Guides & Advice

A New Look at turnover rents

Published: 21st September 2020
Area: Litigation & Dispute Resolution
On 15 September, New Look’s CVA proposal was given the green light by its creditors. Not a single store closure is set to take place, with the jobs of the retailer’s 11,000-plus staff safe for now.

Instead, the CVA involves 400 of New Look’s UK stores changing to a turnover-based rent model, the 68 remaining stores having a three-year rent holiday, and enhanced landlord break clauses.

A sign of the times

The approval of the CVA will have come as reassuring news for New Look, however, it further demonstrates the difficulties retailers are facing during the pandemic.

The lack of footfall is hurting the High Street and it is unlikely to get any easier with local lockdowns being put in place at short notice and further national restrictions now on the horizon.

What are turnover rents?

Turnover rents are usually used in leases in the retail sector. The payment is divided into a fixed term base rent, determined by market conditions, and a turnover element, determined by the tenant’s financial performance (the percentages of this division can be negotiated). Turnover rents allow both tenant and landlord to share in the good times and the bad.

Read more about turnover rents.

As a turnover-based rent model takes into account the uncertain nature of future trading, in this case it may give the retailer the flexibility it needs to survive. While it is designed to assist the retailer and will leave landlords with uncertain income, this is clearly better than insolvent tenants and empty buildings.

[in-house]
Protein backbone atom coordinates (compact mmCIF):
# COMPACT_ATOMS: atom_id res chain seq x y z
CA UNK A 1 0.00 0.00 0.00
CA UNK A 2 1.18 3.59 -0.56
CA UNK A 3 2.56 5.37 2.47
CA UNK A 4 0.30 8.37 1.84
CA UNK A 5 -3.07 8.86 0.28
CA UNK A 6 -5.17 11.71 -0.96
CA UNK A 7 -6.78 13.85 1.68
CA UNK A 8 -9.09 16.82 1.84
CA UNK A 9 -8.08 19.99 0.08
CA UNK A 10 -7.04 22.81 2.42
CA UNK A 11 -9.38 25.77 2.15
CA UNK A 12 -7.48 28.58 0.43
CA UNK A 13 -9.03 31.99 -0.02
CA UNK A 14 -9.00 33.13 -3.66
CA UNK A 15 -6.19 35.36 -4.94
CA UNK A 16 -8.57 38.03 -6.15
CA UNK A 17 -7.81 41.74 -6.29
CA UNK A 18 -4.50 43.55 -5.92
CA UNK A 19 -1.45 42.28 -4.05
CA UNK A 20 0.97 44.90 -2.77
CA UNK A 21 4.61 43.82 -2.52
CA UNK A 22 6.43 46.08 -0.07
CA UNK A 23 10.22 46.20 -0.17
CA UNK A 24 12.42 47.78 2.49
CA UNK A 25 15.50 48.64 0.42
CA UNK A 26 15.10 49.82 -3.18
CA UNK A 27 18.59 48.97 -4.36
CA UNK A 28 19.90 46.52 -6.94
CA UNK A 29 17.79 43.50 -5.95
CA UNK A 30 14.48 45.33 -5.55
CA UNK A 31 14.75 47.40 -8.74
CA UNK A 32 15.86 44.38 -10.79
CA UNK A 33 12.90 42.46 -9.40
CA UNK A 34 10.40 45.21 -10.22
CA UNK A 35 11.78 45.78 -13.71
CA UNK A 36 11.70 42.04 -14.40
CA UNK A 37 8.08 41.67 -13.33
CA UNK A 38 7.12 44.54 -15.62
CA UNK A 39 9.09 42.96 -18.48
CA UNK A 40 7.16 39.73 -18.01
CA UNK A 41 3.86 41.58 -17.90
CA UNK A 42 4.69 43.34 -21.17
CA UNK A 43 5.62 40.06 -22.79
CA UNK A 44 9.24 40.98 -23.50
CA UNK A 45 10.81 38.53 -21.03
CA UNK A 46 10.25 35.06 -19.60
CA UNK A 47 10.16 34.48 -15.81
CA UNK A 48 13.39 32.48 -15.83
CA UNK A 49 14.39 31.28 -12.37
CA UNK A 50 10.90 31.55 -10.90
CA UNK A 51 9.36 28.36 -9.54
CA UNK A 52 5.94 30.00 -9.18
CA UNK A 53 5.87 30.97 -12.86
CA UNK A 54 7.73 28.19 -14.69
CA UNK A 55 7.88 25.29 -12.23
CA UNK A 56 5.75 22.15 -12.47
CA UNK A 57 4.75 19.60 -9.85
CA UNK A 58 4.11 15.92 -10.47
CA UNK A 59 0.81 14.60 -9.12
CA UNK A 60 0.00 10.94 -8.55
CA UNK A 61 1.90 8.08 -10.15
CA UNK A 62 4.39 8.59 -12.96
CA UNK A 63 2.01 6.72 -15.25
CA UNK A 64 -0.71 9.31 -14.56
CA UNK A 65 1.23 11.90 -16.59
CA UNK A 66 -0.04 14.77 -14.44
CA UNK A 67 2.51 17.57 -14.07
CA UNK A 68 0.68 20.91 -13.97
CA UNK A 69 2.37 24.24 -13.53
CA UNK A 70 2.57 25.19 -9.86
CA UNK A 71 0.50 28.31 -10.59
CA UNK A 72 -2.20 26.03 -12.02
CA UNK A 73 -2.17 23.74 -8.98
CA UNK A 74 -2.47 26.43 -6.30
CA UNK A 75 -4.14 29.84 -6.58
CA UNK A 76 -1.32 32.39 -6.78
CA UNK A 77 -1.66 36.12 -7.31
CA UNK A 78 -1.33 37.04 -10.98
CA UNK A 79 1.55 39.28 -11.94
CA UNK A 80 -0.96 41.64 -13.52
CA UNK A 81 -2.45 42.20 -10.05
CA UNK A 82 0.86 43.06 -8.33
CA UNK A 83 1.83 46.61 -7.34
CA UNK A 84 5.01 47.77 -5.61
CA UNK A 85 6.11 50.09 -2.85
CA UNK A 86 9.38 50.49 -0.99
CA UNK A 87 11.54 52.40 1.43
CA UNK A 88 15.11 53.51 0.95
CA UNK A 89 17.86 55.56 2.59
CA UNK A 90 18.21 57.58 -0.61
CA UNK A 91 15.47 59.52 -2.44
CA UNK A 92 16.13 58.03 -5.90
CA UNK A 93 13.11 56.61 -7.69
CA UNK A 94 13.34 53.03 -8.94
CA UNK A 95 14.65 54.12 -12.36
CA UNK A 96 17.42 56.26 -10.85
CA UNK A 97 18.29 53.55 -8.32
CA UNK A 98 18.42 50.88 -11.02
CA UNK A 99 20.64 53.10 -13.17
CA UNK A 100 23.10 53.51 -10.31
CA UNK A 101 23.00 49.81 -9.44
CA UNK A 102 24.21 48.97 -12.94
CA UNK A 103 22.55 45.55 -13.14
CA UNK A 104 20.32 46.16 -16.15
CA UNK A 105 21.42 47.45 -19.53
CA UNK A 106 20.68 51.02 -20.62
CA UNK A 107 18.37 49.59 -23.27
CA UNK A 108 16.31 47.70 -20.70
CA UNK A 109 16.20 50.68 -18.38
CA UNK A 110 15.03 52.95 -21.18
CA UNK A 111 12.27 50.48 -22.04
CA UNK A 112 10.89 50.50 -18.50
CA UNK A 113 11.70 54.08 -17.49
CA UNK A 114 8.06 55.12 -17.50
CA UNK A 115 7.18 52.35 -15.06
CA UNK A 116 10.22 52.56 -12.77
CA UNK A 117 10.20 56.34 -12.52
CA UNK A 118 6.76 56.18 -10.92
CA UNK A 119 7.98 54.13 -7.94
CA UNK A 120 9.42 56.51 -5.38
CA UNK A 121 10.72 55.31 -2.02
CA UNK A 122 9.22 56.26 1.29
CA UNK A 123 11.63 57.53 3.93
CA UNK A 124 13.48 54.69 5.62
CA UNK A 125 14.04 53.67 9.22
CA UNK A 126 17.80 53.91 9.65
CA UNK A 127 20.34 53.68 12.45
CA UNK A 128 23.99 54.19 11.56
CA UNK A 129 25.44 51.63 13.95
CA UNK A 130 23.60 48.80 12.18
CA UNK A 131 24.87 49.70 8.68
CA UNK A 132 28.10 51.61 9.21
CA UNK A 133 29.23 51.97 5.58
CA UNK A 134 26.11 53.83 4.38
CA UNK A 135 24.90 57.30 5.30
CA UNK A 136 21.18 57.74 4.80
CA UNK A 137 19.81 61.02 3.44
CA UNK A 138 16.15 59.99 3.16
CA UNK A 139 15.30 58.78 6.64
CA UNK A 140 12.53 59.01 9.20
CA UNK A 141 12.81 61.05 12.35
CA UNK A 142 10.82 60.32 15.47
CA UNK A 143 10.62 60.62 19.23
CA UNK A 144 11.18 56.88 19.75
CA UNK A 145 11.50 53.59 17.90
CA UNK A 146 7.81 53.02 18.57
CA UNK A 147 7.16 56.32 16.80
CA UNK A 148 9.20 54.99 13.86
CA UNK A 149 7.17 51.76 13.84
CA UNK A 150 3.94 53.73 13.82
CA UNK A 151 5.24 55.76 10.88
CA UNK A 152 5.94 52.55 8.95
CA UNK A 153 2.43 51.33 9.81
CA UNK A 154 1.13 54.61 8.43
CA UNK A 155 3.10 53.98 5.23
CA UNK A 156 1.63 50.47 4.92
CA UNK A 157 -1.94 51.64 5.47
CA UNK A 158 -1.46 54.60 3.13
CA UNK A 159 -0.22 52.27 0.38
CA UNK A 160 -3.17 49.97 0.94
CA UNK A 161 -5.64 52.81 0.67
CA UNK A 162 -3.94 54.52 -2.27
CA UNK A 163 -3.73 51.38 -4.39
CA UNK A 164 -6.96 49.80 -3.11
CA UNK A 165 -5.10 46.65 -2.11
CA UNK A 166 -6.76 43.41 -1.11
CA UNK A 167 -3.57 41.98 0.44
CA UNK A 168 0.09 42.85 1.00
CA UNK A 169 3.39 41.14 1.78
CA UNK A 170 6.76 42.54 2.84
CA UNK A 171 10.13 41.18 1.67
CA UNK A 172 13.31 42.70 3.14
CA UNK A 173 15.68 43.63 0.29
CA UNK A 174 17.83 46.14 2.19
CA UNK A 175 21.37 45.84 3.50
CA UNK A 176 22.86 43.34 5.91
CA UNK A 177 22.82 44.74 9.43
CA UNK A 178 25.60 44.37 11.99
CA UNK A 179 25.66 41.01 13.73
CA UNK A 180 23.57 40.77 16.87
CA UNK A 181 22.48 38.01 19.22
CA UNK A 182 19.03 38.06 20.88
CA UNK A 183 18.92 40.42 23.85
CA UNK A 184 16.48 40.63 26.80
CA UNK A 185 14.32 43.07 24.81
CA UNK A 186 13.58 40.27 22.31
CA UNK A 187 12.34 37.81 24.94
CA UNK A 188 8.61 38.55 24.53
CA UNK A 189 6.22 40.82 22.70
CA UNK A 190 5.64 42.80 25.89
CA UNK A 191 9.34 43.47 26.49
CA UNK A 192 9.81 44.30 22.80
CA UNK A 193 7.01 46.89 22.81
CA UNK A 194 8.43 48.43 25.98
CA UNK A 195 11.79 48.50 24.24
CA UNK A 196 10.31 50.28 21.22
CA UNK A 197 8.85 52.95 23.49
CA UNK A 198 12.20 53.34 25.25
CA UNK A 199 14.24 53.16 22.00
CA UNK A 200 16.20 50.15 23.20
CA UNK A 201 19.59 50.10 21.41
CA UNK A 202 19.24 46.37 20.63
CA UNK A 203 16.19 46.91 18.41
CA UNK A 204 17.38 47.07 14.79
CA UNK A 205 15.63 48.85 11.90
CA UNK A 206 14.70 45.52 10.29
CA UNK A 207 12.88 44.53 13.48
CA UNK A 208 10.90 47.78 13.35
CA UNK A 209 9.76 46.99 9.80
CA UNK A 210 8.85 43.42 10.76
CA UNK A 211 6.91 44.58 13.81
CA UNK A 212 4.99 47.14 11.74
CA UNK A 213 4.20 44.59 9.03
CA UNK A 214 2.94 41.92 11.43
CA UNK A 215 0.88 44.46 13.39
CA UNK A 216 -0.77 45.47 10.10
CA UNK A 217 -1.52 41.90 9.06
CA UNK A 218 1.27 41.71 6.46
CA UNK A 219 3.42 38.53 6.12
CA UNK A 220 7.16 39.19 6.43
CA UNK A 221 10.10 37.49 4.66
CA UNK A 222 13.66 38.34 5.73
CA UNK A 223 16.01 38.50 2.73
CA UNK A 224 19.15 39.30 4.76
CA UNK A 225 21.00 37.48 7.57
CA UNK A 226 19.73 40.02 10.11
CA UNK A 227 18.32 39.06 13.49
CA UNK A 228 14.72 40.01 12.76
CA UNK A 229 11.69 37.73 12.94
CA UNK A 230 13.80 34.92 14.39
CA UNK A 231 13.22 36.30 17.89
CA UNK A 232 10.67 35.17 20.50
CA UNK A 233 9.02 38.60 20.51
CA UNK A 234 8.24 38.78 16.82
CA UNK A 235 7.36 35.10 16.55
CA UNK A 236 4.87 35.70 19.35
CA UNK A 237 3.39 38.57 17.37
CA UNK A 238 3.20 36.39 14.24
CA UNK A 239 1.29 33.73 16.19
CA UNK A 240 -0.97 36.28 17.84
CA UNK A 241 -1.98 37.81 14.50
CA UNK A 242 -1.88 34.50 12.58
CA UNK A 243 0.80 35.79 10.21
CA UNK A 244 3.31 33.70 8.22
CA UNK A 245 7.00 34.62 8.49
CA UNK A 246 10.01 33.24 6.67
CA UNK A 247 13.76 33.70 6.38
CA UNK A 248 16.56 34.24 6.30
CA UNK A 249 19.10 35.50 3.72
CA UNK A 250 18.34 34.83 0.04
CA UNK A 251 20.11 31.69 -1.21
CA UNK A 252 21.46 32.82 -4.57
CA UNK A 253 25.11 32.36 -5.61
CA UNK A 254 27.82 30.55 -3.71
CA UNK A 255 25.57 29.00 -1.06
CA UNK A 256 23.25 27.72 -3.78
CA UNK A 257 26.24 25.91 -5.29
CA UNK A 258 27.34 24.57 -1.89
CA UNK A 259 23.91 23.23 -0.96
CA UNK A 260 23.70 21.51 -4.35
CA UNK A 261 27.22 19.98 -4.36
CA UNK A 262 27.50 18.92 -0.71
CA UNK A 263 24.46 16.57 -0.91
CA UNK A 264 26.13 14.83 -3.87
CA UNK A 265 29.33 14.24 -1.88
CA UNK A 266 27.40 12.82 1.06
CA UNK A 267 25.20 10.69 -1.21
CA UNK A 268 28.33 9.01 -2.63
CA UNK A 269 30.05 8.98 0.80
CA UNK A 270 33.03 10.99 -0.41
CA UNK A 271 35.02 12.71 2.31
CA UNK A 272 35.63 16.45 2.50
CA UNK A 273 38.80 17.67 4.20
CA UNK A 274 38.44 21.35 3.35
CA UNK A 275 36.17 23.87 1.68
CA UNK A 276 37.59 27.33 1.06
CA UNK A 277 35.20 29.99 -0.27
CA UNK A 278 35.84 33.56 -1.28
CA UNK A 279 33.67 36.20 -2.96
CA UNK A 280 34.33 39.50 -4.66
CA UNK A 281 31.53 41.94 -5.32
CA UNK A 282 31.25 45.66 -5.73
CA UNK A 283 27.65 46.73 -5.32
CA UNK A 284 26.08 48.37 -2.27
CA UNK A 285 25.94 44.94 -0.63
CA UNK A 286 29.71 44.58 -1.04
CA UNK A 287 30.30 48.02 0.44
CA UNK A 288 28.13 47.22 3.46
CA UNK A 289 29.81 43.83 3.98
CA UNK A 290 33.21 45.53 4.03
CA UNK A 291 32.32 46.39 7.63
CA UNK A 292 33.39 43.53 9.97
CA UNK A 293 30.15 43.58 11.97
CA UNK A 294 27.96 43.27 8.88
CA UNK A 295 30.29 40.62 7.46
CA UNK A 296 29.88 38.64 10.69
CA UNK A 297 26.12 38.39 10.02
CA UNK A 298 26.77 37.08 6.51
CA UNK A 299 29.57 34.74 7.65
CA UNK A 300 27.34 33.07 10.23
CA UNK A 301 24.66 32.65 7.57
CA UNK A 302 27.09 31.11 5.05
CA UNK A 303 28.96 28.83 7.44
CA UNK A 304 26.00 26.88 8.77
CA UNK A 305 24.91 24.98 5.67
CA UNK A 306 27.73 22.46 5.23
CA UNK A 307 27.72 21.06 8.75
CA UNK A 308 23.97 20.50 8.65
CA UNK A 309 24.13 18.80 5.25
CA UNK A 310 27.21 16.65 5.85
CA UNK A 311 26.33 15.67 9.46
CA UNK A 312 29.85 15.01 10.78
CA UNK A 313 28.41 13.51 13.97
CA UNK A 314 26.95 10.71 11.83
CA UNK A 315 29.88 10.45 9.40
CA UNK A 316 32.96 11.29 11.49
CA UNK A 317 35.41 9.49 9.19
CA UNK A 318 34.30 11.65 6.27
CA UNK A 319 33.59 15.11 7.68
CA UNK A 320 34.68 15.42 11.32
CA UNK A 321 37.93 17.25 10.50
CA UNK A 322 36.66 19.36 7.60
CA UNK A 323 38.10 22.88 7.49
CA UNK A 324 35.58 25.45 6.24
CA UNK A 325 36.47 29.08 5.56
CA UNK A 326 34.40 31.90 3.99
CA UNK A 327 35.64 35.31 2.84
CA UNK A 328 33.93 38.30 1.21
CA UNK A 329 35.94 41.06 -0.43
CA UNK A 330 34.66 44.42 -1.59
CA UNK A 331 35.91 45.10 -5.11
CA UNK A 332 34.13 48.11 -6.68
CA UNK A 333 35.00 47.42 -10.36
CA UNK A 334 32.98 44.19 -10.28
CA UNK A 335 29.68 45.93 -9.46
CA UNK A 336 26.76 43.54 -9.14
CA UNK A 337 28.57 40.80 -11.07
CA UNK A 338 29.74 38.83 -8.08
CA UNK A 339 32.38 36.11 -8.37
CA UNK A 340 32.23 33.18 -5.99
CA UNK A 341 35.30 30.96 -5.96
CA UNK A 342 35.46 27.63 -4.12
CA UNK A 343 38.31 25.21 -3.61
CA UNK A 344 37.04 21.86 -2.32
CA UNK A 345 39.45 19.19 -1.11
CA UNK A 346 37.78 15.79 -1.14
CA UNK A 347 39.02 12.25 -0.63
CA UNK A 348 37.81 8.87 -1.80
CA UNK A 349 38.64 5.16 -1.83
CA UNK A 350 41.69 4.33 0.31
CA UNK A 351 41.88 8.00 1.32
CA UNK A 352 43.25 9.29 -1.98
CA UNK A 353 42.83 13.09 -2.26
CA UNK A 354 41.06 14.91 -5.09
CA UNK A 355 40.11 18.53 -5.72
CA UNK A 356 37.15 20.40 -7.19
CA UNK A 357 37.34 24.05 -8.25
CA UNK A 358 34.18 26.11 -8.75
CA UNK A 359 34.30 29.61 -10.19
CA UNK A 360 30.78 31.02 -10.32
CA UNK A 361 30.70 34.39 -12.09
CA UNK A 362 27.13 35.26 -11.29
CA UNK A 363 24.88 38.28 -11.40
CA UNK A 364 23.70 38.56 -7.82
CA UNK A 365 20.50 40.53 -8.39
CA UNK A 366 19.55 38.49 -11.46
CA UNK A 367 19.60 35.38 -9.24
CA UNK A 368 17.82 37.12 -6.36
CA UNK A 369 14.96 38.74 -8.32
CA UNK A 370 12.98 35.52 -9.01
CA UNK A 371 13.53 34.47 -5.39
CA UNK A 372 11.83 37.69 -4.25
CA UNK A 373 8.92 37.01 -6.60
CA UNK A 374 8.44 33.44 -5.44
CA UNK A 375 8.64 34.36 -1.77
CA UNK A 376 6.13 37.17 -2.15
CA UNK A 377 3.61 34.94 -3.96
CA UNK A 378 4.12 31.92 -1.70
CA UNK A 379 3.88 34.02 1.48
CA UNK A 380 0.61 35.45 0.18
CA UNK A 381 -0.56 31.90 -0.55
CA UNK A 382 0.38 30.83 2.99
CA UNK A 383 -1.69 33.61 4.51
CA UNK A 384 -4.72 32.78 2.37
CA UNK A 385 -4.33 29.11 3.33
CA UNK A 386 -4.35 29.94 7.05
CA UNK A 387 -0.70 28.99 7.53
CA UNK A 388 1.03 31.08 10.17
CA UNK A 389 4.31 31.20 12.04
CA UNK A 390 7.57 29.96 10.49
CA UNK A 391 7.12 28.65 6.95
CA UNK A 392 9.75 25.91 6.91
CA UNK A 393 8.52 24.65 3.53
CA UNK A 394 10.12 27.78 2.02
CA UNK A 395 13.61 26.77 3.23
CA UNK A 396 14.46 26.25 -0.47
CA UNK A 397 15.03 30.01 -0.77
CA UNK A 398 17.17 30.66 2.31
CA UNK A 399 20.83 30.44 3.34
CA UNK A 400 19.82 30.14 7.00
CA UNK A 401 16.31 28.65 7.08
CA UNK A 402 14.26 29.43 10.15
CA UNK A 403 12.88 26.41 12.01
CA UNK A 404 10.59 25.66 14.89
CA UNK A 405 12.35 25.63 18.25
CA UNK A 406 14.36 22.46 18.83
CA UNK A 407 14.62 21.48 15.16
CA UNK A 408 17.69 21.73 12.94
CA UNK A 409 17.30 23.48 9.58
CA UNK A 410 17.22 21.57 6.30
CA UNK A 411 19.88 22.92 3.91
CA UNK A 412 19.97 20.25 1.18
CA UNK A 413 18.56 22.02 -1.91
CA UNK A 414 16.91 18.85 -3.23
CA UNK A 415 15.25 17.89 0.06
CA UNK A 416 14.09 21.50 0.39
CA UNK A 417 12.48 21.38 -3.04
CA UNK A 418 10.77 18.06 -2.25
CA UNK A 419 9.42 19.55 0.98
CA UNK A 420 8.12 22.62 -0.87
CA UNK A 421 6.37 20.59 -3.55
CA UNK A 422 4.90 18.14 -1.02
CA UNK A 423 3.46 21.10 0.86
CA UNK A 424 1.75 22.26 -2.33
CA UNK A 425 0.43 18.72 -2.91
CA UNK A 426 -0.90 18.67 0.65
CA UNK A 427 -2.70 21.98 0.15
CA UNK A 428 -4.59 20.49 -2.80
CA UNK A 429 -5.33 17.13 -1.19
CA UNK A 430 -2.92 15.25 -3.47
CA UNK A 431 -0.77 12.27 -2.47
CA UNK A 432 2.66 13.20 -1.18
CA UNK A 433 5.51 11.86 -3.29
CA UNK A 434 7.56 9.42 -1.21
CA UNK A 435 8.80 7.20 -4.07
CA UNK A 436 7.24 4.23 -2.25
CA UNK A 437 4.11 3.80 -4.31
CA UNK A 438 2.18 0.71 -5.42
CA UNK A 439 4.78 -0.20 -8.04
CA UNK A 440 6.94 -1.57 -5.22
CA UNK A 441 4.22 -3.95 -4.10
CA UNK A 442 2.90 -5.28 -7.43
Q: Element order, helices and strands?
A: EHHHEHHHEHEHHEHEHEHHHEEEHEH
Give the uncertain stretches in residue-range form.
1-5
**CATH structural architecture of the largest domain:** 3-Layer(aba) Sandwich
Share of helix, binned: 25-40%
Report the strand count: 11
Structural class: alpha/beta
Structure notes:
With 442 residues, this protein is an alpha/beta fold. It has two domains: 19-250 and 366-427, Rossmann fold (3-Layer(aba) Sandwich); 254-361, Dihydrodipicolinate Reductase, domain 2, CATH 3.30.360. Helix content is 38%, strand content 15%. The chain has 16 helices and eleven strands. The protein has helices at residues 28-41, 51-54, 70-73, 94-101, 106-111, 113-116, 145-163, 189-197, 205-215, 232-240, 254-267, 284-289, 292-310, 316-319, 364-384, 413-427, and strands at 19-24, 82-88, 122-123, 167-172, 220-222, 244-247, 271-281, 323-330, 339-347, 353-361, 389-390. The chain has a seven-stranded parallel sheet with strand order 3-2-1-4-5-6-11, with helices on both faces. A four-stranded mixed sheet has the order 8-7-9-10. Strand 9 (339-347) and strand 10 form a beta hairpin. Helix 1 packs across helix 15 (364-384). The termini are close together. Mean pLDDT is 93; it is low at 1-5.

With a new wave of restrictions looking increasingly likely, this model has the potential to become the sector’s favoured route as the UK moves forward. Although, for such a model to succeed there will need to be close co-operation between retailers and landlords.

Maintaining trust

Retailers that successfully negotiate a turnover rent agreement are then required to keep detailed records of all items sold and must provide their landlord with regular ‘turnover certificates’.

If this isn’t done, the trust between landlord and tenant can be lost and a full audit may be undertaken. However, as long as retailers communicate honestly with landlords, with both parties given a level of security within the agreement, turnover-rents can be a helpful option in uncertain times.

Time will tell as to whether turnover rents will keep New Look trading in the long run, but for now, it has helped to save thousands of jobs, and stopped the country’s high streets from gaining another ghost.

Flexibility is necessary if the retail sector is to survive

To come out of the other side of this pandemic fighting, considerable change is needed. Are turnover rents the solution?

If you’re experiencing financial difficulties and would like some help and advice on how to protect your business, our corporate, restructuring and insolvency team can help – contact Tim Speed for guidance and support.

From inspirational SHMA Talks to informative webinars, we also have lots of educational and entertaining content for life and business. Visit SHMA® ON DEMAND.

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